Researchers working at the University of Zurich (UZH) have managed to develop an artificial neural network that is able to reliably detect when cells have been infected with herpes or adenoviruses. Moreover, it is capable of predicting that acute and severe infections will occur up to 24 hours in advance with 95 percent accuracy. Further details can be found in a press release issued by UZH.
First of all, the research group used changes in the fluorescence of a cell nucleus infected by a virus to their advantage. Using a fluorescence microscope, this process can be visualized, with microscopy images then used to train a deep-learning algorithm, otherwise known as an artificial neural network. This extracts patterns typical of infected or healthy cells. “After training and validation are complete, the neural network automatically detects virus-infected cells”, explains Urs Greber, Professor at the Department of Molecular Life Sciences at UZH, who heads up the research group.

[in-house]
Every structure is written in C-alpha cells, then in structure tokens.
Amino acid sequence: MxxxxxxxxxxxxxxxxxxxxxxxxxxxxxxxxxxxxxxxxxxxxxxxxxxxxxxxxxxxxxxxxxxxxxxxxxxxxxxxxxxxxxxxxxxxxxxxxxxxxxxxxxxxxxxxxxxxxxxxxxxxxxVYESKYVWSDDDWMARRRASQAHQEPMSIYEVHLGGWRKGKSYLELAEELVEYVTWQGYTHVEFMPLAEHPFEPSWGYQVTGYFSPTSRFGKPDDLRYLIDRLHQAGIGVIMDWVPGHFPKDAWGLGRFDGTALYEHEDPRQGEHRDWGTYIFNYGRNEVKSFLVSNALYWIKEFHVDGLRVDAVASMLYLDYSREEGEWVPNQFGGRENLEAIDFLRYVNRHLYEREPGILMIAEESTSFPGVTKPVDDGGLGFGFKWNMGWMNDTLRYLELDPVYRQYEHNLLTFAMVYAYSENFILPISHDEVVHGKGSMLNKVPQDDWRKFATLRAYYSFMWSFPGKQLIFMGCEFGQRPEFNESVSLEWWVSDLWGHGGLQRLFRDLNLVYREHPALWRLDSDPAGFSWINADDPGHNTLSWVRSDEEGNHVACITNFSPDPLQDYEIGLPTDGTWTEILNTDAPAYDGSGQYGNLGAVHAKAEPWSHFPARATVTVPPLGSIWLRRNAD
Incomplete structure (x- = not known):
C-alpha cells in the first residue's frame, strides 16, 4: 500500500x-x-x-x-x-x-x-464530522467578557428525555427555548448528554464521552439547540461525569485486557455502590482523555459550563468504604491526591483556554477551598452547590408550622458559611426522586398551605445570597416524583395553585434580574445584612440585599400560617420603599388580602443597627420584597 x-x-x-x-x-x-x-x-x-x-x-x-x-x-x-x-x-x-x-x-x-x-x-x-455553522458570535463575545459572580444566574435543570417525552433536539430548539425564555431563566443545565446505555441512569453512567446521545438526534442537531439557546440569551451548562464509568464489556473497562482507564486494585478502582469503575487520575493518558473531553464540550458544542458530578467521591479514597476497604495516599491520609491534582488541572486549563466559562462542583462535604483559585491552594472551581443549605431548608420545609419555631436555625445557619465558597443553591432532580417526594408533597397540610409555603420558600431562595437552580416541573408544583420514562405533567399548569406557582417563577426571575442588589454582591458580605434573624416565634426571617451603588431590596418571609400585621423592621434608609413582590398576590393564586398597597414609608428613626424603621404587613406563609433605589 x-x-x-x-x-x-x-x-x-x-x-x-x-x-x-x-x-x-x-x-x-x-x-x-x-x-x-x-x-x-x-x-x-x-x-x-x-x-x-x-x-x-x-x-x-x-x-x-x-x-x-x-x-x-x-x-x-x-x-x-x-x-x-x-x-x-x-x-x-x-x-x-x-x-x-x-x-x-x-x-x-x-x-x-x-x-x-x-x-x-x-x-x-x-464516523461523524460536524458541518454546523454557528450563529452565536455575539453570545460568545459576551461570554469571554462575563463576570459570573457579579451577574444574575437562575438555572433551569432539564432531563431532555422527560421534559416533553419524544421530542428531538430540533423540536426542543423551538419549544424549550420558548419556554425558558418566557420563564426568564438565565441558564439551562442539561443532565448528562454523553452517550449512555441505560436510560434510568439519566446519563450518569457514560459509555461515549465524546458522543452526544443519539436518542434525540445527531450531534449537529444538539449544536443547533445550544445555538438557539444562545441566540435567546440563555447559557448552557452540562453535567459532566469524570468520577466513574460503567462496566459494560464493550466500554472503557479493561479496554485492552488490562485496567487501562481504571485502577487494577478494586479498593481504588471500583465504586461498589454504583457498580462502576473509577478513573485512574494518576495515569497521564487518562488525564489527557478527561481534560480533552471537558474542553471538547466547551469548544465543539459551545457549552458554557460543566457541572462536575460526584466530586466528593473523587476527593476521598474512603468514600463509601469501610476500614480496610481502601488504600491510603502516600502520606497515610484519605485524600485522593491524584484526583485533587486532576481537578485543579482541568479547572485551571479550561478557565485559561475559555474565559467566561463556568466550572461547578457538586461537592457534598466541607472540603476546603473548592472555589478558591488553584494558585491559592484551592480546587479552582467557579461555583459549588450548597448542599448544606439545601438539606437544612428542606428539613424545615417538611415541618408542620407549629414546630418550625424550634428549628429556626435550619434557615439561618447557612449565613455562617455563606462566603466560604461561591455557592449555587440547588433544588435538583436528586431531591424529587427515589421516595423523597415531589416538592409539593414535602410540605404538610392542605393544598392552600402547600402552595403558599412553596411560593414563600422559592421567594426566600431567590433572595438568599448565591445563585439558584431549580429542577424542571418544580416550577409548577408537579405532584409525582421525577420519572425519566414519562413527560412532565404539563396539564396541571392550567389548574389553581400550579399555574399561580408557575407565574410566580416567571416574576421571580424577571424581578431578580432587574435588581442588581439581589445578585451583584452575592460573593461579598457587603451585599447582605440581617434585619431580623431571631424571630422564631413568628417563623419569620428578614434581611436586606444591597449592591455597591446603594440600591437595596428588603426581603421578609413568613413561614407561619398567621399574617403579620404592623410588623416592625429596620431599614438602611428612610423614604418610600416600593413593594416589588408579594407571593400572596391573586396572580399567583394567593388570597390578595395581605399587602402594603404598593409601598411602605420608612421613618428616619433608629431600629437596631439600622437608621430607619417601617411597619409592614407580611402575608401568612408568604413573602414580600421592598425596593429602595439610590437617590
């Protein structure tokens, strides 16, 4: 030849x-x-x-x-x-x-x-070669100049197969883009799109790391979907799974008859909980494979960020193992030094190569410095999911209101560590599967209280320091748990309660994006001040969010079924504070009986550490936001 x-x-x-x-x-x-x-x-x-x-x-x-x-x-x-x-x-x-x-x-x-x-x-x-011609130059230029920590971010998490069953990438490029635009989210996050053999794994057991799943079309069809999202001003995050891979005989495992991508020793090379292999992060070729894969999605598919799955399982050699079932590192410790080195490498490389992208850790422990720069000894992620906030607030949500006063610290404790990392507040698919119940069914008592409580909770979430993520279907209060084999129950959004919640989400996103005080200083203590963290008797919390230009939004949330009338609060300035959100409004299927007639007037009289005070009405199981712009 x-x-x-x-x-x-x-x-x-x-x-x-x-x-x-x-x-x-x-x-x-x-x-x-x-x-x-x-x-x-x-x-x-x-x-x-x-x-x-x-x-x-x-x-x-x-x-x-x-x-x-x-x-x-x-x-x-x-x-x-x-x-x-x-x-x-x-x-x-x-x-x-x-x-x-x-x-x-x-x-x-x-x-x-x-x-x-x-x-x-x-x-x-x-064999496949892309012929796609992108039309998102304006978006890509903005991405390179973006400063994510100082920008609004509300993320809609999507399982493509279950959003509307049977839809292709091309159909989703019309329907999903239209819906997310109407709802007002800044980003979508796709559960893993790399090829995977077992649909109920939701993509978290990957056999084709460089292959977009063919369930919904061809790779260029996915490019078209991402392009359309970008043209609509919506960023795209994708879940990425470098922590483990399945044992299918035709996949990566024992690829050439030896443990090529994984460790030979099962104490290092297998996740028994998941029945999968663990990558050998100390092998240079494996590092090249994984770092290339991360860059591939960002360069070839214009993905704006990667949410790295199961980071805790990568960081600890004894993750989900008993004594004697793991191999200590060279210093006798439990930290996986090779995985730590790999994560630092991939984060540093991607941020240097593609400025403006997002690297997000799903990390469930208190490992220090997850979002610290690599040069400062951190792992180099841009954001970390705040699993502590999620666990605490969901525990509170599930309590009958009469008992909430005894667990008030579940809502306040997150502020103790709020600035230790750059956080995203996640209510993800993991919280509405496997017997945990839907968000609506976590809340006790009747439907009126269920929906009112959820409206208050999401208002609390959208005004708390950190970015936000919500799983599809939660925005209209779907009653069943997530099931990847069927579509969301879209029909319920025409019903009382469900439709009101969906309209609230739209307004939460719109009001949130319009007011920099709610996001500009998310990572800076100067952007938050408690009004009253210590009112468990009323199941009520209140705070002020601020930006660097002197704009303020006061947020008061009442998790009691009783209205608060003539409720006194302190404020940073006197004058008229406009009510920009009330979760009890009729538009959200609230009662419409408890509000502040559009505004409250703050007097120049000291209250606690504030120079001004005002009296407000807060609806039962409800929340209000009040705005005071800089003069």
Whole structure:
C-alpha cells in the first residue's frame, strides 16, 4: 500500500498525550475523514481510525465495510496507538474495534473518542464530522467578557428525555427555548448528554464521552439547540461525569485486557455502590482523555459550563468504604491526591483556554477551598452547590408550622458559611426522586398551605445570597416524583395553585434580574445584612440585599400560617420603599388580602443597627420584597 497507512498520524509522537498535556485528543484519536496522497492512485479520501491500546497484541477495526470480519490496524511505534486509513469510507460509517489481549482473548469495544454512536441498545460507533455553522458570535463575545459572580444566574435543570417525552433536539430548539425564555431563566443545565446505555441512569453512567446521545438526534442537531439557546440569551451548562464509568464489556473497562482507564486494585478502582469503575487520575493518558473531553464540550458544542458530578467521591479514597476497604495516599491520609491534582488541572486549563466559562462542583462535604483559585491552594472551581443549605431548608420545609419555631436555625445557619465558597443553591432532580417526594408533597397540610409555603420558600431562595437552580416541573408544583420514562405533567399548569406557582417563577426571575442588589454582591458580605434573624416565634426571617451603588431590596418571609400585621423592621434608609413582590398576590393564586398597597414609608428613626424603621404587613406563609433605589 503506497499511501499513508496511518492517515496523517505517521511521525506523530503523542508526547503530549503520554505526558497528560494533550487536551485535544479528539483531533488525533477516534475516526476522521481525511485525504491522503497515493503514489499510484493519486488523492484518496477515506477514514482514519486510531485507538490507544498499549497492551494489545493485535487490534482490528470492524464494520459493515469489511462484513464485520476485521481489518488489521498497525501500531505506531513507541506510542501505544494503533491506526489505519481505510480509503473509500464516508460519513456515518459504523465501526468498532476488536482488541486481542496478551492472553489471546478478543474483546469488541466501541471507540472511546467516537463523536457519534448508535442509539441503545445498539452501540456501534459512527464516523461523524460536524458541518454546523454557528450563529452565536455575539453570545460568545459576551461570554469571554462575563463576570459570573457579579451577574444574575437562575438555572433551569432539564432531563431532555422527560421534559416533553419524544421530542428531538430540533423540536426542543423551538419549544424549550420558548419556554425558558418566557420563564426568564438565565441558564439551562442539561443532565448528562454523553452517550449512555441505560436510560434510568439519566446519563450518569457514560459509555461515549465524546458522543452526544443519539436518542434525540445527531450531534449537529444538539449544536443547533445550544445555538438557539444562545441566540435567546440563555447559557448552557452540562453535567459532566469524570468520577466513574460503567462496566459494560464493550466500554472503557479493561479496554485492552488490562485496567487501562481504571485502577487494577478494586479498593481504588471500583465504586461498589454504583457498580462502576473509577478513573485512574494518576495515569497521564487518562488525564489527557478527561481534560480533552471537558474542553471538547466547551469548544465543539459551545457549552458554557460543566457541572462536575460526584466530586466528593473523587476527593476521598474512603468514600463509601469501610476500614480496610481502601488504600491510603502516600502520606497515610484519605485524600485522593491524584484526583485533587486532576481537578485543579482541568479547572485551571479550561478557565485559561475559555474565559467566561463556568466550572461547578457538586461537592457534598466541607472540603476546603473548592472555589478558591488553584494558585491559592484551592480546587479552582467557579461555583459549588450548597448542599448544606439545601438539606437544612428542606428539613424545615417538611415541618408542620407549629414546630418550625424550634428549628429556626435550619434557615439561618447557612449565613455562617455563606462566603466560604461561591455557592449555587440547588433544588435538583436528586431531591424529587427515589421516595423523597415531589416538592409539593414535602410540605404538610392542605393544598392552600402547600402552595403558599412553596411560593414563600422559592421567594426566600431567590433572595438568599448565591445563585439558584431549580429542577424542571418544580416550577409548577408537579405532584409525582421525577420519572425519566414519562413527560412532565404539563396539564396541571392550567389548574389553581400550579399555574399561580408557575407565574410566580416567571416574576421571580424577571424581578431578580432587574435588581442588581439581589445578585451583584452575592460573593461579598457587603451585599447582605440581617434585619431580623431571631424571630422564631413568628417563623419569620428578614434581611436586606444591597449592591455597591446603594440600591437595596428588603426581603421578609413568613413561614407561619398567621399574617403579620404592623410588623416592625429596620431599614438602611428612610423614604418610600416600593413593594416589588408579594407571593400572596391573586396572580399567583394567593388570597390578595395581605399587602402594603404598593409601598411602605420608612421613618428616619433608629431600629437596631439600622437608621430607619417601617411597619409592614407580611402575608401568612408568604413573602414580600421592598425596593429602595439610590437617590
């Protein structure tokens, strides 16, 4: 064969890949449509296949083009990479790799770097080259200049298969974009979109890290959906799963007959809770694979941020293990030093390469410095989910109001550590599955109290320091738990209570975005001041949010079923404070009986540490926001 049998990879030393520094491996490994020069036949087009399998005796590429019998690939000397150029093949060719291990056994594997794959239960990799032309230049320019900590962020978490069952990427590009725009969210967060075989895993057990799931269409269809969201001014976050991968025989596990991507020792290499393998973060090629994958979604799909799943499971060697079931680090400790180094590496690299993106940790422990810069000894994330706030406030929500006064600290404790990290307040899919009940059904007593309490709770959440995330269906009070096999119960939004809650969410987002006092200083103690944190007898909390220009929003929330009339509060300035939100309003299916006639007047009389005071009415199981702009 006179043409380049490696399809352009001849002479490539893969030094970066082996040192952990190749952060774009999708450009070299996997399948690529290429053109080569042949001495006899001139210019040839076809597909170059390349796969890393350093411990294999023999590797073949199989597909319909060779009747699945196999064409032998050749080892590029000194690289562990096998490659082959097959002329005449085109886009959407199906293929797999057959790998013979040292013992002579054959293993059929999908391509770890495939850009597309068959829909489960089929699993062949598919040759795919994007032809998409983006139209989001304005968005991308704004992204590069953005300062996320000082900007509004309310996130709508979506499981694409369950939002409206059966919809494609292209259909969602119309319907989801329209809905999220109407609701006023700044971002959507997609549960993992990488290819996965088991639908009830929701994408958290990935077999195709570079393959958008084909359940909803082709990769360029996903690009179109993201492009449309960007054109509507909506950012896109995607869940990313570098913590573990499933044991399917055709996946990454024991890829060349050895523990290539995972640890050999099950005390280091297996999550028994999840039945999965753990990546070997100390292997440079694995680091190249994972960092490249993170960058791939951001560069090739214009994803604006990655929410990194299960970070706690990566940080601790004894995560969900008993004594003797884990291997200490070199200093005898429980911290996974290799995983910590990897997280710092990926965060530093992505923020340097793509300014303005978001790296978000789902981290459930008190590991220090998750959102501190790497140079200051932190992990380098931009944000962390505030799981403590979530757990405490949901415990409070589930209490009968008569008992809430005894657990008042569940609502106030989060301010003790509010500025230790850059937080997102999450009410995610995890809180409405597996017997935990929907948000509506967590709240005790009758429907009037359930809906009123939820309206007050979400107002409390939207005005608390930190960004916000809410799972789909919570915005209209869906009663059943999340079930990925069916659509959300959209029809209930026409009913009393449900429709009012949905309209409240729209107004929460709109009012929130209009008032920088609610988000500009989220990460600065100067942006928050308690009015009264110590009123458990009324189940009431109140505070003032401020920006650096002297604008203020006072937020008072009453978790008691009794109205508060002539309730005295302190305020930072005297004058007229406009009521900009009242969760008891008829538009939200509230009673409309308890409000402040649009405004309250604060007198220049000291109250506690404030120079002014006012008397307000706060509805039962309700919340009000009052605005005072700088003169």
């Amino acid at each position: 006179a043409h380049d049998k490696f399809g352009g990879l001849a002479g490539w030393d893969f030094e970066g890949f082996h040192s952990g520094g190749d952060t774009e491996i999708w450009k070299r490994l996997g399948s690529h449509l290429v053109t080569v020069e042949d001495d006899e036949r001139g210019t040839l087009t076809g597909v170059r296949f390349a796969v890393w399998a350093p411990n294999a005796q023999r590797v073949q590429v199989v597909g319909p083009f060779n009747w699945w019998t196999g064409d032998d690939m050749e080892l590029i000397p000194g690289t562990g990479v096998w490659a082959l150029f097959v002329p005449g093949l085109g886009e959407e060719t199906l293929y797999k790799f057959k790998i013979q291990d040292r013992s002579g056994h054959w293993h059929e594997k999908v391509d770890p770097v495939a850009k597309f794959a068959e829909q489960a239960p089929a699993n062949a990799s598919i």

However, this method “not only reliably identifies virus-infected cells, but also accurately detects virulent infections in advance”, according to Greber, who concludes that this development will open up “new ways to better understand infections and to discover new active agents against pathogens such as viruses or bacteria”.
Despite the high level of accuracy in identifying infections, it is not yet clear which features of infected cell nuclei that the artificial neural network is able to recognize. This is the next item to tick off the research team’s ‘to do’ list.